Dillon Kidwell making strides in Factory Stock

By Phil Whipple, RaceON.com Staff Writer. Photo By: Mike Frieri

CHINA SPRINGS, Texas — In the ultra-competitive world of Factory Stock racing, there are drivers with decades of experience on the ovals and brand-new, state-of-the-art race cars. Yet within that same pit area, you’ll also find a few former race fans with limited resources who decided to give it a whirl.

For 27-year-old Dillon Kidwell, taking on the giants of Texas short track racing with an older car and  smaller budget than most isn’t at all daunting. In fact, as he begins his sophomore season around the tracks of North Texas, he’s excited to get rolling and maintains some realistic goals for the year overall.

“I’m just a former Bleacher Creature who decided to get behind the wheel for myself,” Kidwell said.  “I had always been like a sponge in the grandstands, soaking up knowledge as I watched the races. I studied the lines guys take, and I always paid attention to the approach various drivers were using.

“I also used to turn wrenches for Justin Lemar when he raced, so I learned a ton working with him for several years. When I did actually start driving myself, I was a little more prepared than most rookies. I’m still learning, and will be for a long while. Yet we’re gaining; and this year, we’ll get even better.”

Kidwell is a unique and wonderful example of a man who didn’t come from a racing family, didn’t have the support of his parents as he embarked on his career, yet is just as passionate and dedicated to honing his skills as anybody out there. It’s refreshing, really, to hear his story and that desire to learn.

“My folks weren’t particularly impressed when I told them I was going short track racing,” he said. “I get it; lots of people feel this sport is just a waste of time and money. But once I Hot-Lapped a friend’s car, took a deep breath and calmed down after spinning out a few times, I was completely hooked.

“It’s a lot harder than it looks from the stands, like others who’ve done this before will tell you. But when you figure it out and start to gain speed, it’s a great feeling. I do it to have fun, to get the best results I can, and to enjoy the camaraderie that fills the pit area. Racers are one big extended family.”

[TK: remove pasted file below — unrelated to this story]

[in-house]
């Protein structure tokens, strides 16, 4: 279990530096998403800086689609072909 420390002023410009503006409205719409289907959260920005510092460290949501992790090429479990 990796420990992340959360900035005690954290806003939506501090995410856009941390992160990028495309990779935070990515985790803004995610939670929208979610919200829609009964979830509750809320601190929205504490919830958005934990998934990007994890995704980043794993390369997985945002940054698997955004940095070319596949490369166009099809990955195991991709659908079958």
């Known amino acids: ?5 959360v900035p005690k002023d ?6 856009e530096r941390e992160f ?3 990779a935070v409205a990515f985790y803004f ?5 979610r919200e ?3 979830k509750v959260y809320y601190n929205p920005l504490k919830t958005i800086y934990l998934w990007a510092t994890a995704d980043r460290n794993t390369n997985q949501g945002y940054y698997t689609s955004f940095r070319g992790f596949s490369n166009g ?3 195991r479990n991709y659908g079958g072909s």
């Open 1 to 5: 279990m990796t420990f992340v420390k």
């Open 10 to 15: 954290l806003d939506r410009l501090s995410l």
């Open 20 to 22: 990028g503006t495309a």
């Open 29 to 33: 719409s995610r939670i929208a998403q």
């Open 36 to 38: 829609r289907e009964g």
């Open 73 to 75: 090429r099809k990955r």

In 2021, Kidwell got his feet wet by competing at some pretty tough bullrings. Learning the ropes at places like Heart O’ Texas Speedway (HOT) and Kennedale Speedway Park (KSP) is no cakewalk.

“The level of competition in Factory Stock around North Texas is off the charts,” Kidwell said. “In Waco, at KSP of even at Big O in Ennis, you’re going to have some very good teams on hand. So at least I can follow some great drivers, and try to learn from them. It’s how I’ll be more competitive.

“I’d have to say that KSP is my favorite track; it has the stiffest competition and is what I call my home track. It’s the number one place I want to record a win. I need to learn how to adapt at every track, yet that’s the one I need to master. I go into every place with a baseline setup, then make little tweaks.”

When Kidwell suits up, grabs his brain bucket (some may call it a helmet) and gets ready to race, he climbs aboard what could be called a fine and reliable blue-collar classic automobile.

“It’s an older home-built car I spotted in a field a while back,” he explains. “My buddy Melvin Kemp had it out beside his place, and one day I asked him about buying it. He said if I put a transmission in a different car he had, I could take the old Hobby Stock home. So I did that for him, and loaded her up.

“I have a couple of guys who’ve made this possible for me, and without them I’d have no racing hobby. Duane Wolff and Chase Neil have worked to repair the car and make it semi-competitive for me. I’d be lost without them. It’s one thing to have a car, but totally another to get it ready to compete and actually go do that. It takes help from guys who have skills and love this great sport. I’m very grateful.”

It was a humble start last year, but it went well enough so he didn’t get discouraged.

“I ran it one time at Big O in the Thunder Stock division,” Kidwell said. “I started 11th in my first-ever race that night. I made a pass for the lead, then got dumped going into Turn 3 and it ended my night. From there, I decided it was time to get fed to the wolves. So I went Factory Stock racing.”

Along with his bubbling passion for the sport and reliable old beast of a race car, Kidwell also has a few key people and marketing partners behind him who ensure his program is successful.

“First off, I need to thank my beautiful wife, Brooklynn, and my two daughters,” Kidwell said with pride in his voice. “My whole world revolves around her and those girls. Without her support, I’d still be sitting in the grandstands.

“And along with my friends Duane and Chase, I also need to thank Wade White, David Phillips with Big Dave’s Racing Engines; Jack Jenkins with Jenkins Race Components, Earl Baxter with 41 Shocks; Billy Joe, and Melvin Kemp with Kemp Motorsports. I appreciate all of their support so very much.”

While Kidwell will opt out of this weekend’s season opener at Big O Speedway, he does have plans to race a little later this month. He’s also got goals to achieve for the 2022 season overall.

“We’re getting ready to run that Lone Star IMCA Stock Car Tour deal when it stops at HOT on Feb. 20 and at KSP on February 25-26,” he said. “We don’t chase points at Big O, so I don’t want to risk hurting the car before we go to Waco. There’s bound to be some stiff competition there, even more than usual.

“This year, I’m just focused on making as many A Mains as I can. I need to be more consistent; I go like hell some nights, but struggle on others. That’s the nature of racing, it seems, yet I still love it. If I can make most of the features and stay competitive, I’ll be that guy in the pits with the big smile.”